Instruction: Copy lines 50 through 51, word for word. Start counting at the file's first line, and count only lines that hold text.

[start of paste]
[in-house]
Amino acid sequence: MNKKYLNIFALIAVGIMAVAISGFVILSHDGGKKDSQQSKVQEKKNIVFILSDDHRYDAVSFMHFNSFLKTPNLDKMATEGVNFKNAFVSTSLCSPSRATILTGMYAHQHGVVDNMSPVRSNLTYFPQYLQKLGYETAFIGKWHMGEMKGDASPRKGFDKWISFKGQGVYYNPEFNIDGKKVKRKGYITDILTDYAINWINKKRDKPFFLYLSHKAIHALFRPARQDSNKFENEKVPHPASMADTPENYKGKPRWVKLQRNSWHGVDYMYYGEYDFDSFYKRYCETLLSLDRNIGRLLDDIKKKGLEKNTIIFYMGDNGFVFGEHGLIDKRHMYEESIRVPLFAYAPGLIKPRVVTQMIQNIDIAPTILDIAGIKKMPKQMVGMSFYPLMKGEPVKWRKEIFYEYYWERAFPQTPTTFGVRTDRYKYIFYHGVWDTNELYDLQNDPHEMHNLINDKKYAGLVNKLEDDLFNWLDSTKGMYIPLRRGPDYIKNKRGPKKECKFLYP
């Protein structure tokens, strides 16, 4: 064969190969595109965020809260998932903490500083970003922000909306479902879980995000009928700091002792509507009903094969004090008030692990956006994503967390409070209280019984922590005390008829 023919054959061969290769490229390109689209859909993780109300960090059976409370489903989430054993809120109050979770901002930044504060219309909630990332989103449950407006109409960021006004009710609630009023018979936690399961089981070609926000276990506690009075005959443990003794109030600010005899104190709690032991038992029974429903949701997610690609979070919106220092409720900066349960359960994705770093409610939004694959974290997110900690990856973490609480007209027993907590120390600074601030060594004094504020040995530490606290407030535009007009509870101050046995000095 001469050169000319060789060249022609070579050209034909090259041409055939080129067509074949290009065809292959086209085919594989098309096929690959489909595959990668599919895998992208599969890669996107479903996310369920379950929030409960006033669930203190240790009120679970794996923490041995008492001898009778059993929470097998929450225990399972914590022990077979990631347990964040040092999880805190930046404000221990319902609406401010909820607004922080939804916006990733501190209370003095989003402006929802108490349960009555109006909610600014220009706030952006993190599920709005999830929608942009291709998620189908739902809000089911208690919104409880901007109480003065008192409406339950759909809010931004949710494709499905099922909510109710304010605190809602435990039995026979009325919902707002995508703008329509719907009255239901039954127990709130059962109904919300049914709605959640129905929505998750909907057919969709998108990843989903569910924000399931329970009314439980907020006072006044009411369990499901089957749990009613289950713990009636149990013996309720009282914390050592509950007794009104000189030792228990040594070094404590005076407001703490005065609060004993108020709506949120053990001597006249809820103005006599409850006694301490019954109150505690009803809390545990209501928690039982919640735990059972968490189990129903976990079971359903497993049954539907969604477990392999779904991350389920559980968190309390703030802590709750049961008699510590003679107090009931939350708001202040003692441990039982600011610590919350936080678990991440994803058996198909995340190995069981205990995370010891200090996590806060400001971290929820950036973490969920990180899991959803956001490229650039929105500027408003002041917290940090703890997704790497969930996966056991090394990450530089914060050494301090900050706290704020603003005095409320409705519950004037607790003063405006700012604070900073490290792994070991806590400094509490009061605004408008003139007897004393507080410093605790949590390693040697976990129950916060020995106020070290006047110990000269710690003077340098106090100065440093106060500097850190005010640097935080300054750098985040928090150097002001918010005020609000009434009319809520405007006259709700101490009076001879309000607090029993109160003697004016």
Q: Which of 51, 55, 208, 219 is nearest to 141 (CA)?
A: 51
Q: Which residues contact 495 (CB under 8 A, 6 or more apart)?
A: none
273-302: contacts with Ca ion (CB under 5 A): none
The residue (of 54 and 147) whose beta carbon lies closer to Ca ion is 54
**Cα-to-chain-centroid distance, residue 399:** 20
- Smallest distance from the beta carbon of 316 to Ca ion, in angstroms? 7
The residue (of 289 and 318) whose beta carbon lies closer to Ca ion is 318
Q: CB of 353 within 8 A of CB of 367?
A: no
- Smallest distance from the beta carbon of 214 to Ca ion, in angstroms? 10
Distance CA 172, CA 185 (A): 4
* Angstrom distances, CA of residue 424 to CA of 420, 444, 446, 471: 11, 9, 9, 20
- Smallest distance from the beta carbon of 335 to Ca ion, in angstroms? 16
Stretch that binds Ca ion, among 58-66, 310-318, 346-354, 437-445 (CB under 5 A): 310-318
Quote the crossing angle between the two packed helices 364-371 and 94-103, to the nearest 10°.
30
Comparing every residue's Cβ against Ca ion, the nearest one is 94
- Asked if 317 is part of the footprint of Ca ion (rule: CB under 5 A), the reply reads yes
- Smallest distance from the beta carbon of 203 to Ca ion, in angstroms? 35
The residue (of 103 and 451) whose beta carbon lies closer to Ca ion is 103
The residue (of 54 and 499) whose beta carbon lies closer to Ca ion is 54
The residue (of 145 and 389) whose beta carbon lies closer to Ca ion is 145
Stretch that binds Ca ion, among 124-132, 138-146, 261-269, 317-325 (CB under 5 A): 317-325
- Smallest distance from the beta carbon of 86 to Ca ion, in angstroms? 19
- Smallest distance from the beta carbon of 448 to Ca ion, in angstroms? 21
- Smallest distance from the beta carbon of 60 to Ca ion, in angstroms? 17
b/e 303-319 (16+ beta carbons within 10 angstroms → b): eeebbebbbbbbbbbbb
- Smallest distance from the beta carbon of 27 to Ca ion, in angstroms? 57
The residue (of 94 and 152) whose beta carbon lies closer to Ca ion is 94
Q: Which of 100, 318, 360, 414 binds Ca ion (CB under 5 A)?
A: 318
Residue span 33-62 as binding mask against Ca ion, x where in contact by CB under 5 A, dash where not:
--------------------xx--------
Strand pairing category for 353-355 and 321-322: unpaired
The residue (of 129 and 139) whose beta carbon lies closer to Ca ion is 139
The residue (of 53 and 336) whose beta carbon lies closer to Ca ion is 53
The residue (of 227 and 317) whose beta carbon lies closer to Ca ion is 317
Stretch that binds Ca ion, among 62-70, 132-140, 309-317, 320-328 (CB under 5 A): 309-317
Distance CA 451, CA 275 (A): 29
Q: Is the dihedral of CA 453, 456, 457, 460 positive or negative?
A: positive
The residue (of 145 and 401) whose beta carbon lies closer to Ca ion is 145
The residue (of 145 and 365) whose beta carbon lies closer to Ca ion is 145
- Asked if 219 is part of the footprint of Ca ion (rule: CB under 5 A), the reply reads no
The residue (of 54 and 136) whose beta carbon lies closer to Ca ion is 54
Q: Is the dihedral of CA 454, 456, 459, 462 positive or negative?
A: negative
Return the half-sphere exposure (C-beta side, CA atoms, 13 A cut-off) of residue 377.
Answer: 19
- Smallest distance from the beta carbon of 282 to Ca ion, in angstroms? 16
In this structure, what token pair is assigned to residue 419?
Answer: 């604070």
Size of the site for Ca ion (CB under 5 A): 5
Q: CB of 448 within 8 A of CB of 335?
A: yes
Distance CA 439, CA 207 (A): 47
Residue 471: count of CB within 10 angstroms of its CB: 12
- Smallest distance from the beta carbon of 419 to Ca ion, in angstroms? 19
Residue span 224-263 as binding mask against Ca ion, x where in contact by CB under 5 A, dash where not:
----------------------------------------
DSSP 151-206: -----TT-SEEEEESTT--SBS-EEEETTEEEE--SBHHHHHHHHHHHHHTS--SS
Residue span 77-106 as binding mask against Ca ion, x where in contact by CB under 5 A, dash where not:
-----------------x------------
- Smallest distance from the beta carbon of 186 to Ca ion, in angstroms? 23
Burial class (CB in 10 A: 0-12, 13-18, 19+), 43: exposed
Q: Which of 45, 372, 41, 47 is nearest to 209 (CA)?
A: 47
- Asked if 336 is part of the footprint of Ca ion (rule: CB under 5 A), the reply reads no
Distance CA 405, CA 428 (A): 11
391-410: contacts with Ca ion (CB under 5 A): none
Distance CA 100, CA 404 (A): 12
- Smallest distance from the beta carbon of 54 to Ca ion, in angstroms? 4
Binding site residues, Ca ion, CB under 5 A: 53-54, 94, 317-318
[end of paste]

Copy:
The residue (of 54 and 136) whose beta carbon lies closer to Ca ion is 54
Q: Is the dihedral of CA 454, 456, 459, 462 positive or negative?